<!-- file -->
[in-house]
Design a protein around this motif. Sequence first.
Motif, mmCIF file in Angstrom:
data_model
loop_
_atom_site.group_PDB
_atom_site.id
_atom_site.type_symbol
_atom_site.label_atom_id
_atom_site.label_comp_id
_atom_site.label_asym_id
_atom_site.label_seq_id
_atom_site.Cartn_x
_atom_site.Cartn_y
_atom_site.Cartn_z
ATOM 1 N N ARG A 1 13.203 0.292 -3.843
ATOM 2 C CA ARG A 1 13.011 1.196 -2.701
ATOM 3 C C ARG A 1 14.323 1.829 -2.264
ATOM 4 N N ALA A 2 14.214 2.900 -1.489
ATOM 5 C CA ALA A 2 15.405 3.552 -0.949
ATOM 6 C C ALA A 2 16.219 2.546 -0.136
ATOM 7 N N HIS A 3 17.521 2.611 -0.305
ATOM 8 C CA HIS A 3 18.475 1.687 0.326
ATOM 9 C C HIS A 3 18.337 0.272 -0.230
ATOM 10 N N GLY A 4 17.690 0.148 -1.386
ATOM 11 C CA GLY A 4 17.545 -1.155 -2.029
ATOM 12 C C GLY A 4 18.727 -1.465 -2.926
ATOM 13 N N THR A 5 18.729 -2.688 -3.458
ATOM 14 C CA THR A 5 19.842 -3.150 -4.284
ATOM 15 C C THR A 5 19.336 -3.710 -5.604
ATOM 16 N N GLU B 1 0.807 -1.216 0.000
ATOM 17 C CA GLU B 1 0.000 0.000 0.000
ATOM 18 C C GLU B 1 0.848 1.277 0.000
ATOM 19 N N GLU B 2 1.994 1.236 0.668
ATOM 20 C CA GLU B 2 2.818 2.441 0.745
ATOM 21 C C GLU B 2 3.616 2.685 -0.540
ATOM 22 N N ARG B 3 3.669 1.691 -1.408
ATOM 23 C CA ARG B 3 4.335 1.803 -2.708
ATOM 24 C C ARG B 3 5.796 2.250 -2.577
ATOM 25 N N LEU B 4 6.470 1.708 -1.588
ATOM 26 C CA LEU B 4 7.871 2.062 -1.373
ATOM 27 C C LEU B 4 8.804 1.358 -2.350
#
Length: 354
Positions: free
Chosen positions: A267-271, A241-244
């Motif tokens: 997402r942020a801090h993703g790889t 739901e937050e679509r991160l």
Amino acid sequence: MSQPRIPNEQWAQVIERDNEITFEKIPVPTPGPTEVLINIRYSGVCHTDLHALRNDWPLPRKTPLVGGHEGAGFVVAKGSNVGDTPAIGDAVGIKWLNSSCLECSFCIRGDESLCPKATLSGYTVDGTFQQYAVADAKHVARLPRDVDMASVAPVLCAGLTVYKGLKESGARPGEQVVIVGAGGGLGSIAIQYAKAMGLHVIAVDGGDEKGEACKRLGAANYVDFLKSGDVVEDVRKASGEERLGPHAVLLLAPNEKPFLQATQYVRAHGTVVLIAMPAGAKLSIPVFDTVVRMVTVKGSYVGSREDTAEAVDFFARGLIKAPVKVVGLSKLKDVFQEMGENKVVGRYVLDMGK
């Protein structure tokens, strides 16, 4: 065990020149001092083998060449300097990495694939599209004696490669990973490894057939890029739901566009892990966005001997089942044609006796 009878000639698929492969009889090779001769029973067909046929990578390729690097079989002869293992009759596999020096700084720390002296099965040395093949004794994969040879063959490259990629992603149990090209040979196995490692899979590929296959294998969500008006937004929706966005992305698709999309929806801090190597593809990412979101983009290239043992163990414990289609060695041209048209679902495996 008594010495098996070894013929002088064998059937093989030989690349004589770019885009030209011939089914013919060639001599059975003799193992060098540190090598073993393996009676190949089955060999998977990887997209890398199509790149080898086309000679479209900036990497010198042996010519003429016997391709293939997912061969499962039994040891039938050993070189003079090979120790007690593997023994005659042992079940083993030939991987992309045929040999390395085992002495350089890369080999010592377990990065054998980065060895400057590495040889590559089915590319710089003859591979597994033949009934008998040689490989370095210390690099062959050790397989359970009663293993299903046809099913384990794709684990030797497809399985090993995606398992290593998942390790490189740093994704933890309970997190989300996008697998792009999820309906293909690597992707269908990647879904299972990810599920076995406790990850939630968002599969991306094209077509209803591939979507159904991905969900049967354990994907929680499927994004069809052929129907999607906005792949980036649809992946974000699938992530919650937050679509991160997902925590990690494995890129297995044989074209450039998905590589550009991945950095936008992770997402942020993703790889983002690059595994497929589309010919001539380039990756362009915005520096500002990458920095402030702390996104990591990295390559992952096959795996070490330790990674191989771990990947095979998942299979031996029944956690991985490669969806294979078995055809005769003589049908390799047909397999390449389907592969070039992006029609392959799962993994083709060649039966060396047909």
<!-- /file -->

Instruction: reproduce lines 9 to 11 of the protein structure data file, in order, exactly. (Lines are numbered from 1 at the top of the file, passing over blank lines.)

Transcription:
_atom_site.label_atom_id
_atom_site.label_comp_id
_atom_site.label_asym_id